Signs of blow by on the first generation CB-6100's (left 2) compared to "A" model (right 2):


The CB-6100"A" also fits and works fairly well in the Euro's too (i.e. Rio's and Fiocchi's):


And unless you are intending to play "Peak-a-boo" with the kids, don't attempt to use the Drf0/3 in the Federals or Euro hulls:
 

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The lip of the powder cup on the Gualandi GU-1225 on the far right is thinner than the CB-6100A to it's left, and the Helarco VP-13 on the far left:

And the inside of the powder cup on the two shot CB-6100A's pictured in a couple of posts up is in fact domed as you see here in this center picture. They do not seen to be flat, or square to properly expand outwards to create a proper gas seal.
 

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D L Marcum said:
I learned a long time ago to shy away from ANY wad that had a very short lip on the overpowder cup, or any that had a very thick lip on the cup.
I would agree with that with one exception, - "if" said wad already fits tight enough to where the lip of the powder cup didn't need to flare out very much to create a proper seal (i.e. the CB-2118 12S3 clone for example).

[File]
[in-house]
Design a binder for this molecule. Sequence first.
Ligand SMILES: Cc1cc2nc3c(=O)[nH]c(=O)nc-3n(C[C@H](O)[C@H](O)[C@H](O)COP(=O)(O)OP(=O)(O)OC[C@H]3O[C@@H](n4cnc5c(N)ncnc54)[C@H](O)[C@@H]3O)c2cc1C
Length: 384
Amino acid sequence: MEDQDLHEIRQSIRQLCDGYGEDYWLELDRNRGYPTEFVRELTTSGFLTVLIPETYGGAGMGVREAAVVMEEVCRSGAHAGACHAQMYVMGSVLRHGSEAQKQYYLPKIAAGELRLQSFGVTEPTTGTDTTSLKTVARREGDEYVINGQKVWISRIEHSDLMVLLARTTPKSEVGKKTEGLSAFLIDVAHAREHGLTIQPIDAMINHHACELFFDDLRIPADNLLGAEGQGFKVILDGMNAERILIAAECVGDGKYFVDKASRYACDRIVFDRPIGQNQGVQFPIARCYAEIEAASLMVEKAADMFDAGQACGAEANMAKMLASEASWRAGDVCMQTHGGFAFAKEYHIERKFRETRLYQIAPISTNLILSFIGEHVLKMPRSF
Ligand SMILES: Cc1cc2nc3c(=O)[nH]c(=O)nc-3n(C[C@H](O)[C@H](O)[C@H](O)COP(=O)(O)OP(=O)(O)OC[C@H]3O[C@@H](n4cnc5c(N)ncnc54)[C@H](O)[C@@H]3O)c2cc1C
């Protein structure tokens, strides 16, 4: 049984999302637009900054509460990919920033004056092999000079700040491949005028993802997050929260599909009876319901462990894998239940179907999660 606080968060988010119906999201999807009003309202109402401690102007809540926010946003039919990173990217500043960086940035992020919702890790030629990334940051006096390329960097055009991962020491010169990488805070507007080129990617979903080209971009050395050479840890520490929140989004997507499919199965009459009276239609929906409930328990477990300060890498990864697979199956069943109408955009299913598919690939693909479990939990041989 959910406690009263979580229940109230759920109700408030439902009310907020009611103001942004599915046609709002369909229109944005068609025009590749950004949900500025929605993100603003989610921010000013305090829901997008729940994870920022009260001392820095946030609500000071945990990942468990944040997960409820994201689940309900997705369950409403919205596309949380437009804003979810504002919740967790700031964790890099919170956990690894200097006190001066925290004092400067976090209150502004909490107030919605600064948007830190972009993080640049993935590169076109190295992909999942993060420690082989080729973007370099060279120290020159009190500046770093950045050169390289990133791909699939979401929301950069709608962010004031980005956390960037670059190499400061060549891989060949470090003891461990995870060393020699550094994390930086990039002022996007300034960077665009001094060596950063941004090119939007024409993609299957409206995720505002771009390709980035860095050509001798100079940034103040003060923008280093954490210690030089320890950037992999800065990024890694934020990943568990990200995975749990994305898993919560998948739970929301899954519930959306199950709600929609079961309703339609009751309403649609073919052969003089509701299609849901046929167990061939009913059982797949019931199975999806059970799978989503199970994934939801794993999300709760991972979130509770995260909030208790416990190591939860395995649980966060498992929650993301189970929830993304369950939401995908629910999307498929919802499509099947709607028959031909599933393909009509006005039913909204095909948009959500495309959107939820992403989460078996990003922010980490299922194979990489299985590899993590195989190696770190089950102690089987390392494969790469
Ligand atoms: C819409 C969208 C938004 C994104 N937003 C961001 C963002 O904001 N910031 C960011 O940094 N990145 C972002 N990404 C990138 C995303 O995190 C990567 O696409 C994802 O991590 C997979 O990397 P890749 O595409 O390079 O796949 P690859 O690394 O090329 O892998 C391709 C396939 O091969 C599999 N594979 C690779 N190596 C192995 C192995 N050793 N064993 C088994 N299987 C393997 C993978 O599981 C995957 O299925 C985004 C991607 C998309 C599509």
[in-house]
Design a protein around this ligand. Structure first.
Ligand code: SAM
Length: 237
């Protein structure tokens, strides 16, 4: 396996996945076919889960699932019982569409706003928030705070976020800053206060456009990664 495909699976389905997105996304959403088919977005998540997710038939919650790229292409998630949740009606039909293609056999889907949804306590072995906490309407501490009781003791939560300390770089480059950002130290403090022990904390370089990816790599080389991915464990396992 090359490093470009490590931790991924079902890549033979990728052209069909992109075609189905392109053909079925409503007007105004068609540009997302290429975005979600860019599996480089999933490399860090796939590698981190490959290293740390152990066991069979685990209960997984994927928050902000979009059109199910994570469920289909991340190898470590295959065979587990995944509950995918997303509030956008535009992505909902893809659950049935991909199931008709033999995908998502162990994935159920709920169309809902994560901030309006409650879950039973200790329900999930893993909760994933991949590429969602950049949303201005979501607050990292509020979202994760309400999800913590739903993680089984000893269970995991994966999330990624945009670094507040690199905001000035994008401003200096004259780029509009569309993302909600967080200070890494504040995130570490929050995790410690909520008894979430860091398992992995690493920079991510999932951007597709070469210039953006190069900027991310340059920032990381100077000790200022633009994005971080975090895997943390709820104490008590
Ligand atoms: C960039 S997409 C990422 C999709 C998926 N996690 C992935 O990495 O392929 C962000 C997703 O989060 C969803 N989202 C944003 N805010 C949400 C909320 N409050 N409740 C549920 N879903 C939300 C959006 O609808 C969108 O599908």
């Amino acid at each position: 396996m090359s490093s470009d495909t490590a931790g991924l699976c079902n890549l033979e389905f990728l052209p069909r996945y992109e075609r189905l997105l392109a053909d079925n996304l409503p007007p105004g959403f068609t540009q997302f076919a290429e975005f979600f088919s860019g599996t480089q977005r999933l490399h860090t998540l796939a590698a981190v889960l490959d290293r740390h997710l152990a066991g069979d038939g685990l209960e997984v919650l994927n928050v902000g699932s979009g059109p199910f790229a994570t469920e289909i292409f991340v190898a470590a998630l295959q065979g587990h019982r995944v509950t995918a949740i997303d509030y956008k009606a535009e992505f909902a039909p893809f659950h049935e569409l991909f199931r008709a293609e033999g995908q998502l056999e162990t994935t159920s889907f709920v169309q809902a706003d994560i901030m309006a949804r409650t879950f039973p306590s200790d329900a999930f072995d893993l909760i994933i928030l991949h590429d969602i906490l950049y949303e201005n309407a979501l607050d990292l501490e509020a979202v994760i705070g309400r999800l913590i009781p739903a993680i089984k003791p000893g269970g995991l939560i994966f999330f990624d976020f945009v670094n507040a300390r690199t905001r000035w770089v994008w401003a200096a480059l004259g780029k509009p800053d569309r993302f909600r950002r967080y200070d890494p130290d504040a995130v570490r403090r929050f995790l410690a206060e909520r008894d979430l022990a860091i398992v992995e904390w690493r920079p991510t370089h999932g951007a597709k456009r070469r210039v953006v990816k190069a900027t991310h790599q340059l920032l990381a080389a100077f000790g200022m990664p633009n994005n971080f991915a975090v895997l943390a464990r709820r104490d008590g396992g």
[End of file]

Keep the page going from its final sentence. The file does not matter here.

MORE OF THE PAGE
D L Marcum said:
One thing that I noticed in this thread that no-one has addressed the OP's statement regarding chamber pressure. Stating that lower pressure were better. This simply is not a true statement, in and of it'self.
You are absolutely correct, - I'm a firm believer that adequate pressure is needed for complete burn and consistency.

D L Marcum said:
Low chamber pressures lead to incomplete as well as very dirty powder burns, and within reason, the MODERATELY higher chamber pressures, (8,500 to 10,000 PSI), give far more consistant powder burns and produce smaller SD's.
Correctamungo.

D L Marcum said:
Could you, or would you, address this aspect of the results of low chamber pressures? I think the extremely low pressures he was speaking of are counter productive to good performance of his ammo.